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Why Do Companies Go Public? An Empirical Analysis

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  • Marco Pagano

    (Università di Salerno and CEPR,)

  • Fabio Panetta

    (Banca d'Italia,)

  • and Luigi Zingales

    (University of Chicago, NBER, and CEPR)

Abstract

Using a large database of private firms in Italy, we analyze the determinants of initial public offerings (IPOs) by comparing the ex ante and ex post characteristics of IPOs with those of private firms. The likelihood of an IPO is increasing in the company's size and the industry's market-to-book ratio. Companies appear to go public not to finance future investments and growth, but to rebalance their accounts after high investment and growth. IPOs are also followed by lower cost of credit and increased turnover in control. Copyright The American Finance Association 1998.

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Bibliographic Info

Article provided by American Finance Association in its journal The Journal of Finance.

Volume (Year): 53 (1998)
Issue (Month): 1 (02)
Pages: 27-64

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Handle: RePEc:bla:jfinan:v:53:y:1998:i:1:p:27-64

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References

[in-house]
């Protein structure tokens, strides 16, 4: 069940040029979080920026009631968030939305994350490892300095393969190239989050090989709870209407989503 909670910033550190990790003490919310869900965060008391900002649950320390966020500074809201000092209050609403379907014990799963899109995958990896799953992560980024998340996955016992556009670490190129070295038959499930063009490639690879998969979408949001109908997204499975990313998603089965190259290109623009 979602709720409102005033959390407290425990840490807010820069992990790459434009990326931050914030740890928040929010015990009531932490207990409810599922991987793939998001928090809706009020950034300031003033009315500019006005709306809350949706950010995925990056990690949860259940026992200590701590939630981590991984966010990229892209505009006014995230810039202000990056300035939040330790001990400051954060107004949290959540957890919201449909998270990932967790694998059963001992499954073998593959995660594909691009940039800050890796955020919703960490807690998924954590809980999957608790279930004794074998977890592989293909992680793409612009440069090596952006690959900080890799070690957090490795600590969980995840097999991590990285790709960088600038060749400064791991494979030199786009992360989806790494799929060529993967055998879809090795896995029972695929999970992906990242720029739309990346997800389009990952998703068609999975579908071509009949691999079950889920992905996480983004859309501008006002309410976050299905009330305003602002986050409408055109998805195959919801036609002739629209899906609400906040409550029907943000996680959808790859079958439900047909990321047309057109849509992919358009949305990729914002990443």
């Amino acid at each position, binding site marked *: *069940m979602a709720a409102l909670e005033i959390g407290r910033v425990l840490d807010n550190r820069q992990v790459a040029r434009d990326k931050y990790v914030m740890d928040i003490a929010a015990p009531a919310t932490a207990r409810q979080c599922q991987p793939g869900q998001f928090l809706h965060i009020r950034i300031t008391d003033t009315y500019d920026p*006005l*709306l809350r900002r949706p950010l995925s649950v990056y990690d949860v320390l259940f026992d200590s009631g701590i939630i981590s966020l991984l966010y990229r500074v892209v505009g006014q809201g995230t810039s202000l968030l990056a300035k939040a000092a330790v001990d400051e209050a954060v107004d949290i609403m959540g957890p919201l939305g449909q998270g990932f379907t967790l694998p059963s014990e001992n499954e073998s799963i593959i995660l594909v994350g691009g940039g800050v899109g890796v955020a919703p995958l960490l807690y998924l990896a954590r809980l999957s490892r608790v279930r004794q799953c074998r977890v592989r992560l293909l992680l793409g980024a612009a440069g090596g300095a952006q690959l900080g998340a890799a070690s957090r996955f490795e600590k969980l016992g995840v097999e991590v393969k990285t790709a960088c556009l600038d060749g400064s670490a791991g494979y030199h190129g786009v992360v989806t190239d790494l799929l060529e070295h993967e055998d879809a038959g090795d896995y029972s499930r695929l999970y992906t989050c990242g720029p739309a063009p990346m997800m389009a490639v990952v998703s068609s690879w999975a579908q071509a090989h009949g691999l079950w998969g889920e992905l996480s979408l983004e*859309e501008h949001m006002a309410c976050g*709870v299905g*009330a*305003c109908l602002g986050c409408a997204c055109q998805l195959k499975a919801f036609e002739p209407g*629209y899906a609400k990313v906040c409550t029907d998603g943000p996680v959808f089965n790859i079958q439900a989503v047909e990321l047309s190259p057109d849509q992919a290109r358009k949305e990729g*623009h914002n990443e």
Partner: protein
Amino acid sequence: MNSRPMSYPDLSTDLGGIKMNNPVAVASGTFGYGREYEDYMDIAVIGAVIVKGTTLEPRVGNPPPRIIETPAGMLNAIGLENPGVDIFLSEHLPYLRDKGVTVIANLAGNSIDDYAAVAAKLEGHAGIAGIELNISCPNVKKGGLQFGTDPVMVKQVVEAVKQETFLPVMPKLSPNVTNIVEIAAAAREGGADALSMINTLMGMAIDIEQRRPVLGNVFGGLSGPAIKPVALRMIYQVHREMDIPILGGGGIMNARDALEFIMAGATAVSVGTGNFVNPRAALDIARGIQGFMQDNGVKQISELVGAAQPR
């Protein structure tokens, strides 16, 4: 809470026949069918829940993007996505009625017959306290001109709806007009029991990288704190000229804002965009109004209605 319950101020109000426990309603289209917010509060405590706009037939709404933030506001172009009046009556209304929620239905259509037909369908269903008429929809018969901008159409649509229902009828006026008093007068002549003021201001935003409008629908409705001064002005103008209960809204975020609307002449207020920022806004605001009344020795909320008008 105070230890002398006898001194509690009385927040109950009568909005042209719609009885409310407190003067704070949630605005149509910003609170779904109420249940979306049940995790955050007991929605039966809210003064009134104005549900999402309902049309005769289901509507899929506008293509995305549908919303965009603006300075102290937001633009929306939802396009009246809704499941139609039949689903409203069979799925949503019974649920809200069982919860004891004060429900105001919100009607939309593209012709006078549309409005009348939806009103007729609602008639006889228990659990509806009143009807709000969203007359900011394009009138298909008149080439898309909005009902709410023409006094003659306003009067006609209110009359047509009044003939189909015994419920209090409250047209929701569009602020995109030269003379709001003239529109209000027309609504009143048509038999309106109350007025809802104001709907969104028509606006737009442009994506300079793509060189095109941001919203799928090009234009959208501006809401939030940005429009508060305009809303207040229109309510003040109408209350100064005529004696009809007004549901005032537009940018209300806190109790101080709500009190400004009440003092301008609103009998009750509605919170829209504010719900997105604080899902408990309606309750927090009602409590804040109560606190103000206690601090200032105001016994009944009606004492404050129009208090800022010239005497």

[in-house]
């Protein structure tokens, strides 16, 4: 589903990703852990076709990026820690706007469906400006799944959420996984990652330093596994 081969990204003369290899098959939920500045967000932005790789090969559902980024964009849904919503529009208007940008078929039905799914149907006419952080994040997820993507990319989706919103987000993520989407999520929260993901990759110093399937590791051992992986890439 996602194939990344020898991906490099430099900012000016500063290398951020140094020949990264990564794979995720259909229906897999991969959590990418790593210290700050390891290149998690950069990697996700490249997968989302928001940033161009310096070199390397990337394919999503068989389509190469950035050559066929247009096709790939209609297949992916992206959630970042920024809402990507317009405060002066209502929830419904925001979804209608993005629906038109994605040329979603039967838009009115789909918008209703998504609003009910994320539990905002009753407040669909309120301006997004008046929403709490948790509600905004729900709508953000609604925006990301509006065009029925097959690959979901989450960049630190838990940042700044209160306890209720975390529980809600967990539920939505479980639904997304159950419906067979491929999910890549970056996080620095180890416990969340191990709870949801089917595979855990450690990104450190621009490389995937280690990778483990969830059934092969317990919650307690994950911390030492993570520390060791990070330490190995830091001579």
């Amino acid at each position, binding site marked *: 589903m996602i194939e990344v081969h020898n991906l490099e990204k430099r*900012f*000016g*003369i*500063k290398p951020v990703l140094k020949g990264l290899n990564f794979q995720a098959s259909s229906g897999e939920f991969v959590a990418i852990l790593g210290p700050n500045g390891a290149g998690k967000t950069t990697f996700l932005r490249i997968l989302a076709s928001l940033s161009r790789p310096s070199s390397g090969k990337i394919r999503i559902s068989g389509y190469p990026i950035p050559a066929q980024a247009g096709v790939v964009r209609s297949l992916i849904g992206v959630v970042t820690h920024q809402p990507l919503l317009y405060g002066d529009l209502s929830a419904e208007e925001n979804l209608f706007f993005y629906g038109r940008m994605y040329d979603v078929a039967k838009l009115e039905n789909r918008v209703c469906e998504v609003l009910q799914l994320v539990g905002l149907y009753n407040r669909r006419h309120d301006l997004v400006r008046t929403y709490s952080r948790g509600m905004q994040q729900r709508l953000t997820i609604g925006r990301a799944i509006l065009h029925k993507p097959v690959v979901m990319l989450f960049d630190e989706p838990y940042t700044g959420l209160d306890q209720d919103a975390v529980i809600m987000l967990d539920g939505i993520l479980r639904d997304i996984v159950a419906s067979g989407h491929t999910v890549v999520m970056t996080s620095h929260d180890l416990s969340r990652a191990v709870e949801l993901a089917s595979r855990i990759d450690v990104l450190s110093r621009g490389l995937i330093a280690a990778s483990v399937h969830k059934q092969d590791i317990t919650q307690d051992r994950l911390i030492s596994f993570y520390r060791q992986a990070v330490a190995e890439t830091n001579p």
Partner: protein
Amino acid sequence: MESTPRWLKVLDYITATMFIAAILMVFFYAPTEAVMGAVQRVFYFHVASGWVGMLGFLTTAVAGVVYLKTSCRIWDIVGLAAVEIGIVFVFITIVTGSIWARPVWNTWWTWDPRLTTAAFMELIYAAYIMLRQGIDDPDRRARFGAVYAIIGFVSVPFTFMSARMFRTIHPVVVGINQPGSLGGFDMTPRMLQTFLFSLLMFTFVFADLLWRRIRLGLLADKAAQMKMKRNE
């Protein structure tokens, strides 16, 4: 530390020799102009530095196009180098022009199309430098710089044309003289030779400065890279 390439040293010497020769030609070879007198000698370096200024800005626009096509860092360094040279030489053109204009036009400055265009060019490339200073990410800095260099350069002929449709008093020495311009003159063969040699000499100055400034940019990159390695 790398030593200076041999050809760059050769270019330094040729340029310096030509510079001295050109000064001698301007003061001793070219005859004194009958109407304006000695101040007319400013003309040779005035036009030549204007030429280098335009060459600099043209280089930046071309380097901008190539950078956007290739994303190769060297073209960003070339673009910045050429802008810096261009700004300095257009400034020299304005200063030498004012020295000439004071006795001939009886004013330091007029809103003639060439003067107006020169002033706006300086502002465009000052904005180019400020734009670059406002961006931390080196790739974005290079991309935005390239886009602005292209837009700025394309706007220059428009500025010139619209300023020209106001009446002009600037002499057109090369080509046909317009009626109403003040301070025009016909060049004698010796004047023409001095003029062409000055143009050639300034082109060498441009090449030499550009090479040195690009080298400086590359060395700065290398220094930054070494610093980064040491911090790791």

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  1. Franks, Julian & Mayer, Colin, 2001. "Ownership and Control of German Corporations," Review of Financial Studies, Society for Financial Studies, vol. 14(4), pages 943-77.
  2. J. Bradford De Long & Andrei Shleifer & Lawrence H. Summers & Robert J. Waldmann, . "Noise Trader Risk in Financial Markets," J. Bradford De Long's Working Papers _124, University of California at Berkeley, Economics Department.
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  14. Campbell, Tim S., 1979. "Optimal Investment Financing Decisions and the Value of Confidentiality," Journal of Financial and Quantitative Analysis, Cambridge University Press, vol. 14(05), pages 913-924, December.
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  17. Loughran, Tim & Ritter, Jay R. & Rydqvist, Kristian, 1995. "Initial public offerings: International insights," Pacific-Basin Finance Journal, Elsevier, vol. 3(1), pages 139-140, May.
  18. Pagano, Marco, 1993. "The flotation of companies on the stock market : A coordination failure model," European Economic Review, Elsevier, vol. 37(5), pages 1101-1125, June.
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